Edit: Apparently Coulomb's law only holds for electrostatics... in that case I understand that this problem is physically impossible. I'd still like to solve it if we assumed that coulomb's law did hold for moving charges(adsbygoogle = window.adsbygoogle || []).push({});

If there are two point charges that are initially separated by (x_{10}-x_{20}), which exert a force kq_{1}q_{2}/(x_{1}-x_{2})^2 on each other, how can I find delta x (x1 - x2) as a function of time?

When I use f = mx'', I get kq_{1}q_{2}/(x_{1}-x_{2})^2 = mx''

or if i introduce a new variable U = kq_{1}q_{2}/m, it's U/(x_{1}-x_{2})^2 + x_{1}'' = 0 for the first and U/(x_{1}-x_{2})^2 - x_{2}'' = 0 for the second force.

I don't know where to go from here. I want to solve for (x_{1}-x_{2}) given the initial conditions. I'm not well versed in differential equations, because I'm only now starting my first semester of differential equations, but I want to say that this is a linear second order partial differential equation? I feel like it might be not difficult to solve because of the symmetry.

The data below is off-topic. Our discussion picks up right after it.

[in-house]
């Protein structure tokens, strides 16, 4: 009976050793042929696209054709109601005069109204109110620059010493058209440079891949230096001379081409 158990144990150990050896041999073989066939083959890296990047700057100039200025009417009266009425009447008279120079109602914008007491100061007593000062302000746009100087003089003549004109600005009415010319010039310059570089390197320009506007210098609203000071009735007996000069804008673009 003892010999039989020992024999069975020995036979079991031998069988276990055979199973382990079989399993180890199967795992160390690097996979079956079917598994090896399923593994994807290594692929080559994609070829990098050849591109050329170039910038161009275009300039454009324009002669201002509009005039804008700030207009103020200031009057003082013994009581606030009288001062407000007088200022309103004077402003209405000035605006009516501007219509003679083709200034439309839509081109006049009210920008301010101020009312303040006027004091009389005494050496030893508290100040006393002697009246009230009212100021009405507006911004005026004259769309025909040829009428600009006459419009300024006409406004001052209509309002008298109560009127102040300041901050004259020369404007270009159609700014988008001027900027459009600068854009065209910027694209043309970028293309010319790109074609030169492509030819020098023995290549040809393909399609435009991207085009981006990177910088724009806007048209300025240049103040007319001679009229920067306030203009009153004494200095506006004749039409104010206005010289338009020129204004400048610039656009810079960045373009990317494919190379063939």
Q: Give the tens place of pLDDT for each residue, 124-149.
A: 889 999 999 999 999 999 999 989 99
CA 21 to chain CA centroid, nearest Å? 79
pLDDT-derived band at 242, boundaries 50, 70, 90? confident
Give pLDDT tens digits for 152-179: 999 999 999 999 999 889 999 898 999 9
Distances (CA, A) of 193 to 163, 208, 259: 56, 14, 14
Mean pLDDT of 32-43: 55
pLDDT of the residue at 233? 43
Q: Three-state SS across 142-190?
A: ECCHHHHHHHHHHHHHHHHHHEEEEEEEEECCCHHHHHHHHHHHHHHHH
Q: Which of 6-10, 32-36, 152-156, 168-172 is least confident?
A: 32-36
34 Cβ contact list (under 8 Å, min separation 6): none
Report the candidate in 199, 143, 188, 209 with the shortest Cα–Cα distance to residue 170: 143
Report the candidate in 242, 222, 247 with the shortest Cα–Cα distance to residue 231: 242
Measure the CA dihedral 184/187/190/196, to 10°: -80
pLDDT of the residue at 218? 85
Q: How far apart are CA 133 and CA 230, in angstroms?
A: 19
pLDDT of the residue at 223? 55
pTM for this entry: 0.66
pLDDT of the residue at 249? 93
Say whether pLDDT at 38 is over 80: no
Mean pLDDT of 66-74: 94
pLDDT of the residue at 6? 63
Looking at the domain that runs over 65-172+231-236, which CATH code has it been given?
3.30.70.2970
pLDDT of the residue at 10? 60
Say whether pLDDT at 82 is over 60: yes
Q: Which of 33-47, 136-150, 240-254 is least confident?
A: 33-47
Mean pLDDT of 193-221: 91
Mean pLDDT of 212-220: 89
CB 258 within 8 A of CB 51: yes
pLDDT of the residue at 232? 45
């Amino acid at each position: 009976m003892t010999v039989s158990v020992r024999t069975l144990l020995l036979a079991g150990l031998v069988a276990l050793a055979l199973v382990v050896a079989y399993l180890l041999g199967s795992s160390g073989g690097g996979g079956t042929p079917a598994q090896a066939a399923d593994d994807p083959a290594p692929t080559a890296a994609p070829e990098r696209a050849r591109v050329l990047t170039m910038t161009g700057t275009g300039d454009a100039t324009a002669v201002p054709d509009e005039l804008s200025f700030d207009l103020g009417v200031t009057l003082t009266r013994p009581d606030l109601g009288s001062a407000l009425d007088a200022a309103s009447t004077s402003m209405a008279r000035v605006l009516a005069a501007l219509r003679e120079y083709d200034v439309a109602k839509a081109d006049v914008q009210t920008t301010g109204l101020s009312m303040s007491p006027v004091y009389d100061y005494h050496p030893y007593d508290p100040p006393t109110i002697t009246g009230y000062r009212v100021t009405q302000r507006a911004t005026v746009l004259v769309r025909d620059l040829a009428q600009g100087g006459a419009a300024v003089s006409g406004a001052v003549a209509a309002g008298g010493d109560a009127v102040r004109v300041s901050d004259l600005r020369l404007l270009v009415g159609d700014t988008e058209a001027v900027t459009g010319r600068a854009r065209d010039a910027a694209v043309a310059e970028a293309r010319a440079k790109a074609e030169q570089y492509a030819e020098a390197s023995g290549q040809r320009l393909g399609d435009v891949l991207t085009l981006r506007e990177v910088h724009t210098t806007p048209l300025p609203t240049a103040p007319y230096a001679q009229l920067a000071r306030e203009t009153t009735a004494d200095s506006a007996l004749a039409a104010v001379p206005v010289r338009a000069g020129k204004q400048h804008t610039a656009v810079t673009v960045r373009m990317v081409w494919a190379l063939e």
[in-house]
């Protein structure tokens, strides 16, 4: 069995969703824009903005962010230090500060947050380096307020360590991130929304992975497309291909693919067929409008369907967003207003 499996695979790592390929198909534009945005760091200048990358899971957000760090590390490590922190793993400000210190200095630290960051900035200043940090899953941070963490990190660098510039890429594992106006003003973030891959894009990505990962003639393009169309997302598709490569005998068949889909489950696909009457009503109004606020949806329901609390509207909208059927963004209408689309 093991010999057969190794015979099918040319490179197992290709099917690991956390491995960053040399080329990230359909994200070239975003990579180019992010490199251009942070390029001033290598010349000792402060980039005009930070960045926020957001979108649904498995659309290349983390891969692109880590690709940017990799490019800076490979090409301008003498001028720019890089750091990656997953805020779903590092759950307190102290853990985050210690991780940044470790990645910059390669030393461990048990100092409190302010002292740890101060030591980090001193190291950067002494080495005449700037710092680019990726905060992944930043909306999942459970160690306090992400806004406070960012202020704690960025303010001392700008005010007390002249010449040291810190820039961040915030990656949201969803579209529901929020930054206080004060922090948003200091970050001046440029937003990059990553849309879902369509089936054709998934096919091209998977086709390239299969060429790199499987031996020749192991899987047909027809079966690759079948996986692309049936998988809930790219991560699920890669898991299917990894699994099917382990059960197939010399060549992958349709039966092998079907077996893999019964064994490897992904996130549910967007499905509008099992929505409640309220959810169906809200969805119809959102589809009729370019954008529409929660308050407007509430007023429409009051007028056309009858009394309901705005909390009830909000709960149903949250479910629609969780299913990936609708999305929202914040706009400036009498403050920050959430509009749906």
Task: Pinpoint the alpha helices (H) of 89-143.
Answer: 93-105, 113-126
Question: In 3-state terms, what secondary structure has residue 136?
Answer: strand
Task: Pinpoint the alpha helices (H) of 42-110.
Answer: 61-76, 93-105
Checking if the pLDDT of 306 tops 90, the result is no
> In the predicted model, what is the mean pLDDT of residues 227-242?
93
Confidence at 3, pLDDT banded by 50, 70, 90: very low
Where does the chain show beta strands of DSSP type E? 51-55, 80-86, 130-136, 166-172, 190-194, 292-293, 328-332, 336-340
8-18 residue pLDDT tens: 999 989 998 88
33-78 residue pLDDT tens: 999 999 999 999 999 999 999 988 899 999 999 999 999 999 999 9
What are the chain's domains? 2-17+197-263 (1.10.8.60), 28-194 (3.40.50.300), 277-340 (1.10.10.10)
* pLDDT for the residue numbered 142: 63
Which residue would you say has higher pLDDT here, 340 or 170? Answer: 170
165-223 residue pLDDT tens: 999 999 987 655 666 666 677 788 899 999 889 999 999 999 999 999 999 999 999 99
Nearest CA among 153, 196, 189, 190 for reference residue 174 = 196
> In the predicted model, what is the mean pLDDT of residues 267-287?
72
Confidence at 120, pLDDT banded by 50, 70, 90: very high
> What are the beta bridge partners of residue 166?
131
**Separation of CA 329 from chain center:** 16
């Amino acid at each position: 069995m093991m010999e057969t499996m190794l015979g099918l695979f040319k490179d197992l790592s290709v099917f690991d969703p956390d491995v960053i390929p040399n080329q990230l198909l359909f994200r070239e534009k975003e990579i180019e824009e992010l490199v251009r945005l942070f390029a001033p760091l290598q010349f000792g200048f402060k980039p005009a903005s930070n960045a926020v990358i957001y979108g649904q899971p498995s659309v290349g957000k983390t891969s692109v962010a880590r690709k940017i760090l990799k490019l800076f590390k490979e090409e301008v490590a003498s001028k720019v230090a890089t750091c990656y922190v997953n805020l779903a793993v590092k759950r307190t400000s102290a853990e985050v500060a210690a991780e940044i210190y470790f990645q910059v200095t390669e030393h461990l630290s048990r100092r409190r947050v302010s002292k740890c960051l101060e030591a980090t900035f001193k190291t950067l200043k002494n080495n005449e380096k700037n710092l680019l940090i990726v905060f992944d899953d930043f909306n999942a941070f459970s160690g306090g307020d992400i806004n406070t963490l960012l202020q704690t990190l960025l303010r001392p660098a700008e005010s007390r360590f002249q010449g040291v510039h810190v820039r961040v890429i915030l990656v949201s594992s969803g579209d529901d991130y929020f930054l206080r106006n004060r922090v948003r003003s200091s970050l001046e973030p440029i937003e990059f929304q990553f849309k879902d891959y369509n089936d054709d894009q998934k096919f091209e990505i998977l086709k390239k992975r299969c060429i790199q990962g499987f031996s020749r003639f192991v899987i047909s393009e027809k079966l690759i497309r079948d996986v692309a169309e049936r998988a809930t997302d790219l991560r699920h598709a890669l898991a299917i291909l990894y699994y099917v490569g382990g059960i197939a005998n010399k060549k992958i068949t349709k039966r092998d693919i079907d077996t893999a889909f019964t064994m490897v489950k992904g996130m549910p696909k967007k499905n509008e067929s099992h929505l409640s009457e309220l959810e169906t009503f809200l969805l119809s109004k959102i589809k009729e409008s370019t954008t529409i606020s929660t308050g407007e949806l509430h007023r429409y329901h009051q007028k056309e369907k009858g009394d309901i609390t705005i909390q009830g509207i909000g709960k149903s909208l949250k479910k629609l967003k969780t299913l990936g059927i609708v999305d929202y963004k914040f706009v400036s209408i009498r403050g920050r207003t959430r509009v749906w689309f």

Can it be solved? Because the question has been haunting me for months, I'm just so darn curious. Obviously if they are attractive, delta x will approach 0 at an incredibly fast acceleration. At what time point does delta x equal 0? Or will it just approach 0 forever?

I'm new here and this is my first post, but I thought that rather than go bother my differential equations professor I would try posting it here first!

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# Distance between two point charges as a function of time.

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